|Photo of the month – May 2018
Dead wood or death by wood?
There is no need to worry, readers. Nothing worse has happened here than that some logs have illegally made their way onto the road.
Figure 1 [Karlo Jörg]
The load on the vehicle comprised 3-meter pine and spruce logs loaded in two blocks on both the truck and the trailer. The traffic situation caused the driver to carry out emergency braking, which in turn caused the load on the truck and the trailer to slip forwards. The load slipped forwards primarily from the top, middle part of the blocks. This behavior can often be observed with logs. The loss of the load spread a considerable amount of debris over the road, which would need to be cleaned up. Just looking at the pictures sends a shiver down one's spine: If the lumber had slipped into a group of people waiting at a bus stop or into the path of oncoming traffic, the consequences would have been dire. But in the end, it was just a good day out for the rubbernecks and provided us with yet another example of the fact that the laws of physics make no exceptions.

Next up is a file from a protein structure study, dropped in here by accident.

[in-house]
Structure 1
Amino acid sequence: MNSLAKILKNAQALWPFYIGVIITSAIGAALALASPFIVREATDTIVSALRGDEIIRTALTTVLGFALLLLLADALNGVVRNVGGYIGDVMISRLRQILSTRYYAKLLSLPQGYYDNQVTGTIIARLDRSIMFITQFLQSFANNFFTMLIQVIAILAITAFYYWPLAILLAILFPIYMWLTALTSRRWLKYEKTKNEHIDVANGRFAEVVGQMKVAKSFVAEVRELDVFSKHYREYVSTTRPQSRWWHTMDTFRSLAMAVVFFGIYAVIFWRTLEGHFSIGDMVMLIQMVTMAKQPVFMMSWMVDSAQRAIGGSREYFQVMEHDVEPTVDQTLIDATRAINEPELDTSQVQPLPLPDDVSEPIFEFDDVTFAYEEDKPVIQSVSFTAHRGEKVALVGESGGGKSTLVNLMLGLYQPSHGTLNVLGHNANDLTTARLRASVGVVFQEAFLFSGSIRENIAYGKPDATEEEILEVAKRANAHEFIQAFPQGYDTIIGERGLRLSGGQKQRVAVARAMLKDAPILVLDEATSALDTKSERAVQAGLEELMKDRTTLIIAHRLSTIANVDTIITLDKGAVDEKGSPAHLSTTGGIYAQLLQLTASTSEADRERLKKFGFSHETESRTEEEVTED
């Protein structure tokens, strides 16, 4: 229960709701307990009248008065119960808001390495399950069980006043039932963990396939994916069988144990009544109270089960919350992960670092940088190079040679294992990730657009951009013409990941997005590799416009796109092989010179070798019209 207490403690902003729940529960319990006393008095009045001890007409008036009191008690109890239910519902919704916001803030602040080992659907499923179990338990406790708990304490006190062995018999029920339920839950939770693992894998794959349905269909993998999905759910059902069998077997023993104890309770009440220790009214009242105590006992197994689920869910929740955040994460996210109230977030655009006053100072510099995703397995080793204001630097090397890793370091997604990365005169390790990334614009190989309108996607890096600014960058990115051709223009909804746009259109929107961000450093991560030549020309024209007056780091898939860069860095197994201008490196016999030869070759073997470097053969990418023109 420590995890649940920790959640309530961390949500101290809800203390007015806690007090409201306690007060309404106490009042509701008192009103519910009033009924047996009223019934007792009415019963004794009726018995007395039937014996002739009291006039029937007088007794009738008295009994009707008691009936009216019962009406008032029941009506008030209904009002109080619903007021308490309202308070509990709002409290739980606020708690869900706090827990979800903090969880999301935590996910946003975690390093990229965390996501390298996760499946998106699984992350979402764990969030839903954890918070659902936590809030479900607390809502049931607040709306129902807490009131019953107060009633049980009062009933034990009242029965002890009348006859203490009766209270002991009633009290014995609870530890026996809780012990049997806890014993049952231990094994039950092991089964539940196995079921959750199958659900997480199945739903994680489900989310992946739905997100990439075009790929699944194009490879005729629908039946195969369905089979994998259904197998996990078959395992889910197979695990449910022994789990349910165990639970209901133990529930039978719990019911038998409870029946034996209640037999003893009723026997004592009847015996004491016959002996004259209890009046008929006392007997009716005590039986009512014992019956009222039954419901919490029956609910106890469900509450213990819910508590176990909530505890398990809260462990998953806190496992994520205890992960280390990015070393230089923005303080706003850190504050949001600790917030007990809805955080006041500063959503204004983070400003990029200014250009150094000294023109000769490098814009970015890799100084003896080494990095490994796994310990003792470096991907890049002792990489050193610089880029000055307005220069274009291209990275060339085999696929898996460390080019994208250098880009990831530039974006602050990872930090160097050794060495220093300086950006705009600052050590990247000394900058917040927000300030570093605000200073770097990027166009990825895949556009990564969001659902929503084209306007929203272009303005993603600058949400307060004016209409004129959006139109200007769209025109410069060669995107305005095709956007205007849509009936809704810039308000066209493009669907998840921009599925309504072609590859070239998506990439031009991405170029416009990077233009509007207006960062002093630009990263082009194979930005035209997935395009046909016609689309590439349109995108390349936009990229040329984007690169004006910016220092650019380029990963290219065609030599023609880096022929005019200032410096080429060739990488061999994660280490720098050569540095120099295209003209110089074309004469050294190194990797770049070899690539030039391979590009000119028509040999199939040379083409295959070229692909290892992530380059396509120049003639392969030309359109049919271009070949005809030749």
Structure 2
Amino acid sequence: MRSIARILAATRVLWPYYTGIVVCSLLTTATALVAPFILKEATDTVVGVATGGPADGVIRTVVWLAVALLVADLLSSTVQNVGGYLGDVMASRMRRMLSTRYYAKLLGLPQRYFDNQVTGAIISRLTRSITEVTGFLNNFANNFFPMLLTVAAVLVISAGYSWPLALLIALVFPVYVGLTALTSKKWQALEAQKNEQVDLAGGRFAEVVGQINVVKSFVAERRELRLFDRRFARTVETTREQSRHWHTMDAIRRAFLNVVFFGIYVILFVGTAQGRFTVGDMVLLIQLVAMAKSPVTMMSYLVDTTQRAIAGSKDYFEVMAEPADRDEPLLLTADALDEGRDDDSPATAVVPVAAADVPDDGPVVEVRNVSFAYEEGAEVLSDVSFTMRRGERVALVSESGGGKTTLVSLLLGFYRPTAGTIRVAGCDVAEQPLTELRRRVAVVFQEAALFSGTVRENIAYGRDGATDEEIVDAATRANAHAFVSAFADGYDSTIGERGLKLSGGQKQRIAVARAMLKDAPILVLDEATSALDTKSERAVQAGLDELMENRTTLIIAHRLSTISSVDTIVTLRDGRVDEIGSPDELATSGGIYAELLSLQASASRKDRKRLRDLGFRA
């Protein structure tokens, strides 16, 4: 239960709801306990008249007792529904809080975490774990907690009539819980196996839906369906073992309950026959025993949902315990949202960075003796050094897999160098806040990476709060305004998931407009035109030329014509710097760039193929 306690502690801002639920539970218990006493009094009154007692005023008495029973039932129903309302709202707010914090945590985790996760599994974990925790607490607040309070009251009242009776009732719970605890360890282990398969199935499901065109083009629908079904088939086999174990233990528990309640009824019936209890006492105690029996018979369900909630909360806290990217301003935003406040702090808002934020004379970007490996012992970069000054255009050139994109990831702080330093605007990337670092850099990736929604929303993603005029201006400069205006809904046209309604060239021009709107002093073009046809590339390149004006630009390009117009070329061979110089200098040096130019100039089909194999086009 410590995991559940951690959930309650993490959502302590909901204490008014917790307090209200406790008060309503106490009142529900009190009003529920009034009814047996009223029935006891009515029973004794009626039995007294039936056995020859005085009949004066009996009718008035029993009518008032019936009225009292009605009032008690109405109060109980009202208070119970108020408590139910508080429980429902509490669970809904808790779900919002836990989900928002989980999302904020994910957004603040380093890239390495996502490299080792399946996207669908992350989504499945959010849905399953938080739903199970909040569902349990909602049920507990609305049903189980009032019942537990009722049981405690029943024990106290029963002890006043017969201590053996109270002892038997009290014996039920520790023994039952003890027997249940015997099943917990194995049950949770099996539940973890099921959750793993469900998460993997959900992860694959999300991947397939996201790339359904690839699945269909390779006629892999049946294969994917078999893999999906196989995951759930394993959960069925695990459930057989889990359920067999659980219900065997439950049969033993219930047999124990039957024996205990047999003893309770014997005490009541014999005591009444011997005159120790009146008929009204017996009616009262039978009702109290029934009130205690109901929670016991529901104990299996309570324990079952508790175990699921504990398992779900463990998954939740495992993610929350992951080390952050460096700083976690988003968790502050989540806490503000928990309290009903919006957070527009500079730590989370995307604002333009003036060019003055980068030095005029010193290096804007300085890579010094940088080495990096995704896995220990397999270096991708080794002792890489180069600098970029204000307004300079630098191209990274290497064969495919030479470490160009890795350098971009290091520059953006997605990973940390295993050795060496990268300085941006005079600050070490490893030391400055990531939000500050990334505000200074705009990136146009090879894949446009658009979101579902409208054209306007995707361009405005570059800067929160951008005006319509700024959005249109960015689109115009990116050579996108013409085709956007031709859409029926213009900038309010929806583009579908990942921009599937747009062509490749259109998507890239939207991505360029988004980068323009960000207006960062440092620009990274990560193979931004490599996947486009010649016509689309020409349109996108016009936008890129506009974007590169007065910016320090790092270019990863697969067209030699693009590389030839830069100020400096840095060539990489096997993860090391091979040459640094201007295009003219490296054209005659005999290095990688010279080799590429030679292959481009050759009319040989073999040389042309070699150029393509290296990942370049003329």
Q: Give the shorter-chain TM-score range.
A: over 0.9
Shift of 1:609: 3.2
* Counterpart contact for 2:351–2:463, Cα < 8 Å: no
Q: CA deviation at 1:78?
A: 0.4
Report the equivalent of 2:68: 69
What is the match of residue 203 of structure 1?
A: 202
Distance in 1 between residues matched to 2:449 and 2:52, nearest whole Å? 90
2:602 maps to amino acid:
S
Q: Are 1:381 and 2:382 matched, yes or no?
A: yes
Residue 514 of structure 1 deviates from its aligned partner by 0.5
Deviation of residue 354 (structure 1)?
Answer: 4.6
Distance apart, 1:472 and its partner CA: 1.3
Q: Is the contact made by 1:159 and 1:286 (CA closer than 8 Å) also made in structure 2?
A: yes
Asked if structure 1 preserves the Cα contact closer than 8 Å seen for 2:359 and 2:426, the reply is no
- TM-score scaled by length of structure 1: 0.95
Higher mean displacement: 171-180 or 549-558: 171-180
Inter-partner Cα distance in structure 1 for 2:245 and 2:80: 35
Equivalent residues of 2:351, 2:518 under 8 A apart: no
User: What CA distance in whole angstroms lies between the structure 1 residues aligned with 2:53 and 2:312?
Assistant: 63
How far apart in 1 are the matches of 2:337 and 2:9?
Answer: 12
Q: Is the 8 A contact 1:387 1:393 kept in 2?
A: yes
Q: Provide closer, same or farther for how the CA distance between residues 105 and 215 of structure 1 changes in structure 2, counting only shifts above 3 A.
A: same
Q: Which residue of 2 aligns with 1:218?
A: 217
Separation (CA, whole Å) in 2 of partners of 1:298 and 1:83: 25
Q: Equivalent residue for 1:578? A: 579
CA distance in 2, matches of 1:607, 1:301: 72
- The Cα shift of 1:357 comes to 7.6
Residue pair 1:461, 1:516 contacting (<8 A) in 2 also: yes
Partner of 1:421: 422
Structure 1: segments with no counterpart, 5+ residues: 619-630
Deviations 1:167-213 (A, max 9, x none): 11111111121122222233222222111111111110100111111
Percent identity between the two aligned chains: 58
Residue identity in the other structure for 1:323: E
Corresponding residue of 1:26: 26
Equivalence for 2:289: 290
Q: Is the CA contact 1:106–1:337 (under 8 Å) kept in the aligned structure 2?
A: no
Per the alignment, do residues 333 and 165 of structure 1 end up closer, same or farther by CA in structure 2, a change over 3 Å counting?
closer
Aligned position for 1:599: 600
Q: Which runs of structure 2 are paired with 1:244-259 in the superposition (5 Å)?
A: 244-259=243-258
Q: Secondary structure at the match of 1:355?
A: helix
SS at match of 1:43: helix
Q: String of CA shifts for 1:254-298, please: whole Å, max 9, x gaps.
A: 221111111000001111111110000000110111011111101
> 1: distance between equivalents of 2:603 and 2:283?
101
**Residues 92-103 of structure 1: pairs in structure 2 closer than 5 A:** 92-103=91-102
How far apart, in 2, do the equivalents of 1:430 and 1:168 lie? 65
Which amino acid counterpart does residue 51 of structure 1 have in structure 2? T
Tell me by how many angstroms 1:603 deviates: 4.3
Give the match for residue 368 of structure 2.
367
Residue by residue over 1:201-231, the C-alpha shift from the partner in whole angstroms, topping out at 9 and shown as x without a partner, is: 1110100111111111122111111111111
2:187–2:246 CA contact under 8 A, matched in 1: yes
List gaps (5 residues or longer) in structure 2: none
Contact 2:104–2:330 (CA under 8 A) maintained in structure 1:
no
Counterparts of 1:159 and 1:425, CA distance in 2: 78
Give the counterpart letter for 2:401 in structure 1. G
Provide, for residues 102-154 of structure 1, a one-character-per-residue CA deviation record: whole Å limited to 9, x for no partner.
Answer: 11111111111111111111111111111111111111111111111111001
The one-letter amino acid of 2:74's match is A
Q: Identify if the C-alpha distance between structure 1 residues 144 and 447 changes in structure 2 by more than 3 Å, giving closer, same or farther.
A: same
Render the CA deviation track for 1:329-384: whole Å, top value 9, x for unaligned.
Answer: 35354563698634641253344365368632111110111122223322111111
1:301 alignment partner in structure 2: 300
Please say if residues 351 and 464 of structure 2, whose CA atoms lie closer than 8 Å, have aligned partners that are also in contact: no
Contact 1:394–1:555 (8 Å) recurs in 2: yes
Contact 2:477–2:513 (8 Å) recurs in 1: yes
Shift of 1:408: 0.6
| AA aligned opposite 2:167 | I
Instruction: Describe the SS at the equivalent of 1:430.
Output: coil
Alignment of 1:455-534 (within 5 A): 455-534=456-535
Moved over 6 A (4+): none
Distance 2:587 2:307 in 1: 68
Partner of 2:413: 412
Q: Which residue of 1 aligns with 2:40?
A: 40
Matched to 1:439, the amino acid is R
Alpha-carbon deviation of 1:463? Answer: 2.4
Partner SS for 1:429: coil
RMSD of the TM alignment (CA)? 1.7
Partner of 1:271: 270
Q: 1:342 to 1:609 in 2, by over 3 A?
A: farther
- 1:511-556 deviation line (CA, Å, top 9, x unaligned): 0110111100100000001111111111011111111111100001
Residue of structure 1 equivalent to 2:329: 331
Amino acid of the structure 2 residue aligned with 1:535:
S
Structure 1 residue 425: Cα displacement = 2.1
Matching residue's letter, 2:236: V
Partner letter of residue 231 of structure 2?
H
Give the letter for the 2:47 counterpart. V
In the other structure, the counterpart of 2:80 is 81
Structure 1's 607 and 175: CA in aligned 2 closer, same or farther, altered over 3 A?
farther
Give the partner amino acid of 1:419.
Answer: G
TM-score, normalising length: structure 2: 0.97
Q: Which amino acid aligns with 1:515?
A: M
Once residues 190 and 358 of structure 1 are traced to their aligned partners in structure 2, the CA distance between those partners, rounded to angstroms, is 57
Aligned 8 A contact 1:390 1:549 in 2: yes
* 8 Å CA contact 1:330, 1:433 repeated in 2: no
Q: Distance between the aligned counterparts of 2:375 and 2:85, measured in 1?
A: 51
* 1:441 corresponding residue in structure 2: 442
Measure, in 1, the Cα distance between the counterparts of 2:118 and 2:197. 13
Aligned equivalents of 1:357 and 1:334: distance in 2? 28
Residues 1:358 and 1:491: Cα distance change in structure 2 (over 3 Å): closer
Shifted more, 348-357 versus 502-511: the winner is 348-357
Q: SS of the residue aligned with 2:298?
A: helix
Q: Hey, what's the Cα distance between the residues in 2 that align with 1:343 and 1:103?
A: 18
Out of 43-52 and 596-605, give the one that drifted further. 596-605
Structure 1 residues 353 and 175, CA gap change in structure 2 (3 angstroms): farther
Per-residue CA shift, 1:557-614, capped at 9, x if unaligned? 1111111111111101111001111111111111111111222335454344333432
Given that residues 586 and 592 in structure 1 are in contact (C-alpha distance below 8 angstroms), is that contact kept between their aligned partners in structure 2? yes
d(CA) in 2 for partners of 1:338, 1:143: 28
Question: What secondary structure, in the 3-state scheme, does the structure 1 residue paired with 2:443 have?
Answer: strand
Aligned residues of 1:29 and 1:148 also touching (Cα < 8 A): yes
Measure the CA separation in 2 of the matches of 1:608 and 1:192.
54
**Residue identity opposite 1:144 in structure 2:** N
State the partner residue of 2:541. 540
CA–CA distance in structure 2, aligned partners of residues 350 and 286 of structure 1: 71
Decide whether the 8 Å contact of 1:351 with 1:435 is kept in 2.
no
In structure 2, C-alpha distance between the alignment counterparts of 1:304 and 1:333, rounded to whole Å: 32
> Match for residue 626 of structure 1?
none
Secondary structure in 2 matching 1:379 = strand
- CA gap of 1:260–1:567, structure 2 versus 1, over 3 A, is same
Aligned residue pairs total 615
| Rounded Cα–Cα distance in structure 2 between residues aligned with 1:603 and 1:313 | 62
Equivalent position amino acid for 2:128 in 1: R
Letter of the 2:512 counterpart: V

Figure 2 [Karlo Jörg]
And this was more than enough reason for us to have a closer look at this incident. After all, the potential danger was massive. As always, the important thing is not the speed at which the vehicle was traveling when the driver started braking, but rather the intensity of the negative acceleration, i.e. of the braking itself.
We can already hear the comments: Lumber is special; you can't compare it with other loads. That's true, but only to a certain extent, as even a load of lumber will experience acceleration relative to the vehicle when the vehicle brakes. And the consequences can be drastic, as this incident again demonstrates. But there are real differences: Logs are partially secured as a tight fit, friction is not of the usual magnitude, and the "bilge and cantline" way in which the logs are stowed means that the stanchions also have a securing function, not only laterally, but also longitudinally.
In 2005 and 2006, the following organizations thoroughly investigated the issue of securing logs in order to take proper account of the peculiarities of this cargo.
Ministry of the Interior of the State of North Rhine-Westphalia
Ministry for Environment, Agriculture, Conservation and Consumer Protection of the State of North Rhine-Westphalia
North Rhine-Westphalia Police Force
Lower Saxony Police Force
Federal Office for Goods Transport (BAG)
Berufsgenossenschaft für Fahrzeughaltung – BGF (vehicle operators' trade association)